So here’s the thing.
Yes, I got a degree in literature lo these many years ago.
Yes, we were exposed to the Great Books in English. And because I studied in Canada, they were really English, most of them. I have great gaps in my reading of American literature — no Moby Dick (we did Bartleby instead), no Twain or Hawthorne or Wharton or Dickinson or Frost. We read Henry James and called it a day, And believe me, I did read James from cover to cover — particularly The Golden Bowl, don’t ask why (Portrait of a Lady got itself skimmed).
The main focus of my 400 level modern novel course was British and some Commonwealth authors. The early 20C greats — Joyce, Woolf; the more-or-less contemporary Brits like Murdoch; the Commonwealth greats like Patrick White (no literature by anyone whose skin colour was less than white, however — the mid-eighties hadn’t yet brought colour into the English canon). And of course Atwood.
And now for the kicker. I skimmed a lot of those books. I hated most of them. Perhaps “hate” is a strong word. Most of them didn’t appeal to me. At the same time I was reading 18C literature, the beginning of the novel, and enjoying those books far more — the concerns of Sterne and Swift, of Defoe and Fielding and (to a lesser extent) Richardson, spoke more to me than the concerns of the late twentieth century novelists, who all seemed to enjoy writing about people who were dying and taking a long time about it — the lead character of Murdoch’s Bruno’s Dream, for instance, and the constellation of characters around the terminally ill Elizabeth Hunter in White’s The Eye of the Storm. It occurred to me that the concerns of 18C Britain were far closer to the concerns of the late 20C Caribbean than those of the white 20C world, where individuals had little left to strive for and where the mystery of life had been rendered commonplace.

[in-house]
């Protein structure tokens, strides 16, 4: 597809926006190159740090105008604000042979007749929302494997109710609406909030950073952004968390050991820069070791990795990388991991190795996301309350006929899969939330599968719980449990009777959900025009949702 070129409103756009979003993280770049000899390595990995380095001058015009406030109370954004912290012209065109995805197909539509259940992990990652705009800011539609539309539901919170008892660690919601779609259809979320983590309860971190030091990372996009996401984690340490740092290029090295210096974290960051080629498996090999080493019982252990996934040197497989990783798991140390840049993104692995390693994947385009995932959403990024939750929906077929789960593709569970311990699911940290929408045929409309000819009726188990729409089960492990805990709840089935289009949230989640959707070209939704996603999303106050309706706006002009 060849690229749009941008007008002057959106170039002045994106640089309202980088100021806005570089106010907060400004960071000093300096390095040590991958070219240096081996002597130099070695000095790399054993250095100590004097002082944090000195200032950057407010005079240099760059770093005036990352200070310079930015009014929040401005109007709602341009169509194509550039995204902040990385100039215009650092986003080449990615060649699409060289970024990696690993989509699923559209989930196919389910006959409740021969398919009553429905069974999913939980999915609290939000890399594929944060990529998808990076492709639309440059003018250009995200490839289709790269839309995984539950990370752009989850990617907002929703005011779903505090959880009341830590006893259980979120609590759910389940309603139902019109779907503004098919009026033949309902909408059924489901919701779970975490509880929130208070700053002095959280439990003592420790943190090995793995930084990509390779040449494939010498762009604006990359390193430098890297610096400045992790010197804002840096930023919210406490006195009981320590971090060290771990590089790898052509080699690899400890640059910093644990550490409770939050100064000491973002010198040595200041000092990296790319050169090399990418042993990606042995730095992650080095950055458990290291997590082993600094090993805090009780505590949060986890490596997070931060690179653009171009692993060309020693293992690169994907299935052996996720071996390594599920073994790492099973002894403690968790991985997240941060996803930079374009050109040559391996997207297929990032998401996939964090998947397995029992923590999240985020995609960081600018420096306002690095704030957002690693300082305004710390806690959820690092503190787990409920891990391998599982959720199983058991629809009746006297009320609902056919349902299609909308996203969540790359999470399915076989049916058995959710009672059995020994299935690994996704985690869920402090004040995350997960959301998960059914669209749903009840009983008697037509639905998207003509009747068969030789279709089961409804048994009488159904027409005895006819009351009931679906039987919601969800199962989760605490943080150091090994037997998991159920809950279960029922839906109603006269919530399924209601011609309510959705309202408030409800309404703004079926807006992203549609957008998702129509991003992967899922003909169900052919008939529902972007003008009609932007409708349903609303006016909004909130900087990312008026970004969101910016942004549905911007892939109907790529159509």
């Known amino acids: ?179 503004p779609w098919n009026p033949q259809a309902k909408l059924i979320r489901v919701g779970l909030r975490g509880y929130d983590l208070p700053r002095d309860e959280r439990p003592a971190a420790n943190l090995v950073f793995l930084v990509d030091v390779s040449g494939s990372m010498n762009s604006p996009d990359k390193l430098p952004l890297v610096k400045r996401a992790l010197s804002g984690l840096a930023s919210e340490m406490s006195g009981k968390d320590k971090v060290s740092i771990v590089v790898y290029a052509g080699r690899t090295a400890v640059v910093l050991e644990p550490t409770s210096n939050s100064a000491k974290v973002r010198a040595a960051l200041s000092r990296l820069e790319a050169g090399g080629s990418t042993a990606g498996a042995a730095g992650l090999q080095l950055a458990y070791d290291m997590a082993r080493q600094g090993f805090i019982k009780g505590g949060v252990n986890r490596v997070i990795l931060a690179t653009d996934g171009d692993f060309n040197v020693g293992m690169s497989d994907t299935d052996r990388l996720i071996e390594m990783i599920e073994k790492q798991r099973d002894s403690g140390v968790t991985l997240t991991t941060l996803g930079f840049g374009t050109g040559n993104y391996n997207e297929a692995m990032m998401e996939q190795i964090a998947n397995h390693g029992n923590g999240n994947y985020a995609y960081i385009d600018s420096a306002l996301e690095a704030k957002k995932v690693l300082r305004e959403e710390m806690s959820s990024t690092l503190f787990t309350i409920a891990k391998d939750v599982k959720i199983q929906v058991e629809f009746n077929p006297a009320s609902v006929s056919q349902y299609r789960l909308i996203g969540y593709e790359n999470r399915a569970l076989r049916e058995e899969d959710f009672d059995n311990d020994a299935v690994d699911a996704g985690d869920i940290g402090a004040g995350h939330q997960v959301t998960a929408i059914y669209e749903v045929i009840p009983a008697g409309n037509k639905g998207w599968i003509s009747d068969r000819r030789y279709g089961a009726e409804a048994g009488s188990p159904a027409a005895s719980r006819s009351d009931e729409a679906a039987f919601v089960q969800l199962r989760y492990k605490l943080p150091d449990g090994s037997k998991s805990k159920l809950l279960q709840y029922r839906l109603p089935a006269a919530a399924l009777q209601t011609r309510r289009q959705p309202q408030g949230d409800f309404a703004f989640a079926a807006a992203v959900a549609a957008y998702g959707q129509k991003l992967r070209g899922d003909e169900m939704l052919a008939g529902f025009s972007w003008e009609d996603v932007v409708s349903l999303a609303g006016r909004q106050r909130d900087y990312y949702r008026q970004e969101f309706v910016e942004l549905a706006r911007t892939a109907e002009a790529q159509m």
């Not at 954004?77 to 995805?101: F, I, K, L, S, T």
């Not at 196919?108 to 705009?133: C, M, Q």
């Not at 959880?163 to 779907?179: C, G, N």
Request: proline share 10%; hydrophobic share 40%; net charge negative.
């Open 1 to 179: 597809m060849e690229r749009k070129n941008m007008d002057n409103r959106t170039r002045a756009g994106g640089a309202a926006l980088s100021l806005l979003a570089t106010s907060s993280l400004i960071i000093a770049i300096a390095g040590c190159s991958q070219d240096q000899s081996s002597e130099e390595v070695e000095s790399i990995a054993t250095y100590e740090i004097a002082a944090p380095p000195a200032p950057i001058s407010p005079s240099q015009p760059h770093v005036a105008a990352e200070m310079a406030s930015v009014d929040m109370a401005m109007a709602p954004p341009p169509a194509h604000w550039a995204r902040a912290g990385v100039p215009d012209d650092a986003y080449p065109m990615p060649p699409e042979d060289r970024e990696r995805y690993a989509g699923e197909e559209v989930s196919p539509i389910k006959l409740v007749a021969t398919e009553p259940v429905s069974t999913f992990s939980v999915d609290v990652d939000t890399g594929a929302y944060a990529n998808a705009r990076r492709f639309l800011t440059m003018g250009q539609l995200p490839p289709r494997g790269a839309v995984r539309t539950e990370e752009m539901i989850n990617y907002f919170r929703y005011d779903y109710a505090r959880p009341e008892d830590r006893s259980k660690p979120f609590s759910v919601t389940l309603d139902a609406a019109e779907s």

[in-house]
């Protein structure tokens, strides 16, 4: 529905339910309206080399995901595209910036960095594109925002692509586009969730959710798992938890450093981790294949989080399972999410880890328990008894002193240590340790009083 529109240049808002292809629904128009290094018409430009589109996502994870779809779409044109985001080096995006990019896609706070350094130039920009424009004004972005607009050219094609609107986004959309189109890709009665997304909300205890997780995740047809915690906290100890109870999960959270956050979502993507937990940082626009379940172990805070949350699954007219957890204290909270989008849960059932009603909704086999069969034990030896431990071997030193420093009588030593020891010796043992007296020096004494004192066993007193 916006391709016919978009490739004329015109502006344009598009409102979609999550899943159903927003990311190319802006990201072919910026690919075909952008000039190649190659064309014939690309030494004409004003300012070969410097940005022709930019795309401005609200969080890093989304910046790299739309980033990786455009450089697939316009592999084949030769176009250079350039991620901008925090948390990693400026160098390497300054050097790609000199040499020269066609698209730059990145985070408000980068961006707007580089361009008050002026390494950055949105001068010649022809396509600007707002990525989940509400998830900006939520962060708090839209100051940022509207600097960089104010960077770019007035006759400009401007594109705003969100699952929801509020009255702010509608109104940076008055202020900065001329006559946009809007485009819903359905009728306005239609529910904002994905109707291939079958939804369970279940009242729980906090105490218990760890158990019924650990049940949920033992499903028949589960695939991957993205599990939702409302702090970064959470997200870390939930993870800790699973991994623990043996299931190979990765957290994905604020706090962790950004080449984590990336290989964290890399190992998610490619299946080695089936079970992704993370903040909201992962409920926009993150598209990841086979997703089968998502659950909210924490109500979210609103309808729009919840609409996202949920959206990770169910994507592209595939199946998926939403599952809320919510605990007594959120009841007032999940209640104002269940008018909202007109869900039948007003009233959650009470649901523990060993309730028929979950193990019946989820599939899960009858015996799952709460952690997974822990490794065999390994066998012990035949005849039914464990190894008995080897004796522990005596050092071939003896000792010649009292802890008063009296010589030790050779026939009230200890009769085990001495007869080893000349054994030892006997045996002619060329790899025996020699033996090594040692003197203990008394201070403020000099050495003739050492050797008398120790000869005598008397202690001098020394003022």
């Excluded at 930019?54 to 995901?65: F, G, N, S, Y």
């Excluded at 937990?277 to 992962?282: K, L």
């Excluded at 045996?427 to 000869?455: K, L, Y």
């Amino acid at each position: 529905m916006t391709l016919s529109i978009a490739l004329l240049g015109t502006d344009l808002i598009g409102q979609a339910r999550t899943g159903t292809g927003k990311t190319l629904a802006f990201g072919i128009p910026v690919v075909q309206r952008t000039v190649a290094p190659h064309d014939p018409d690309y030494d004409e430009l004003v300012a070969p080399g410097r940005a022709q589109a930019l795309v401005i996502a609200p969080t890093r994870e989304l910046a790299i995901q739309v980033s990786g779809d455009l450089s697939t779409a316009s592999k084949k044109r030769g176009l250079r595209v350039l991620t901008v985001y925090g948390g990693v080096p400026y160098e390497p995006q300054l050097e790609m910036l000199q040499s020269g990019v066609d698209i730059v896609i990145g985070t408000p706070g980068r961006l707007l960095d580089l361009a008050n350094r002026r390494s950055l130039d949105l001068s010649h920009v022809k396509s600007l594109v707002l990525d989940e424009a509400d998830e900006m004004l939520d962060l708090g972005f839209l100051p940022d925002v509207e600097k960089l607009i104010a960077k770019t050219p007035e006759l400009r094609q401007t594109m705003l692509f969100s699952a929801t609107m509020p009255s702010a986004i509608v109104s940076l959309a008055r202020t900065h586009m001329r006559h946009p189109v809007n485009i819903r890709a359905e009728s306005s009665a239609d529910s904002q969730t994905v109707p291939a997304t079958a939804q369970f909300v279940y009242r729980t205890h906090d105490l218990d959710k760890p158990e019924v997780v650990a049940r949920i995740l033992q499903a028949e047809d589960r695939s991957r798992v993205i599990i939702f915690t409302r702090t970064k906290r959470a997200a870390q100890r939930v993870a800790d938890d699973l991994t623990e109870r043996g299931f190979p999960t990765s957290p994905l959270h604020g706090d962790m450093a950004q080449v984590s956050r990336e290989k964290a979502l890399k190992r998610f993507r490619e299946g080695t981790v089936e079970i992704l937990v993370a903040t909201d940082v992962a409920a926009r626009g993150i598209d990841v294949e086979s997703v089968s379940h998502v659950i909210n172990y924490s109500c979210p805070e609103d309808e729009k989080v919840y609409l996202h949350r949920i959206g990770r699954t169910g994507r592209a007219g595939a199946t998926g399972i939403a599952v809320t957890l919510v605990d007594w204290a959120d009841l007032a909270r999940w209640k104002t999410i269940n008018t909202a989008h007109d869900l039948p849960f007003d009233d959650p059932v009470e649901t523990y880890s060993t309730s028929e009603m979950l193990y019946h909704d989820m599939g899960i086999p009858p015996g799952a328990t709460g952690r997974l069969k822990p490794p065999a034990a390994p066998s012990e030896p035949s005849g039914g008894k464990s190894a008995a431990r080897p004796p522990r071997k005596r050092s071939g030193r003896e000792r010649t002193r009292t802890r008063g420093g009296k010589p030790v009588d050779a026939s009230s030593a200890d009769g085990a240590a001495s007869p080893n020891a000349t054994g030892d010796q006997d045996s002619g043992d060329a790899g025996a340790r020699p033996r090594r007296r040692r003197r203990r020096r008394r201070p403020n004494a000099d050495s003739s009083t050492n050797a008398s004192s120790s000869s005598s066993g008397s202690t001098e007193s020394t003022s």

And so I skimmed the Great 20th century writers (or at least those that English Canada in the eighties deemed great) and stuck with the 18th century ones. So I can tell you with confidence what Defoe wrote in A Journal of the Plague Year or what Hogg’s Private Confessions were all about but I still don’t care how and why and when they all got to the damn Lighthouse.
And I never read Ulysses all the way through, despite several tries. Read bits: beginning, extracts from the middles, the end (of course!). But not the connecting stuff in between.
Bloomsday having just passed, and various meditations having appeared online, I have decided once again — now that I also have a book reader and an electronic copy, not the huge grey Penguin version with the yellowing pages that I have been using in my previous attempts — to read it cover to cover, as I once did the Bible, rather than to dip into it as a reference. So here we go: Ulysses at last.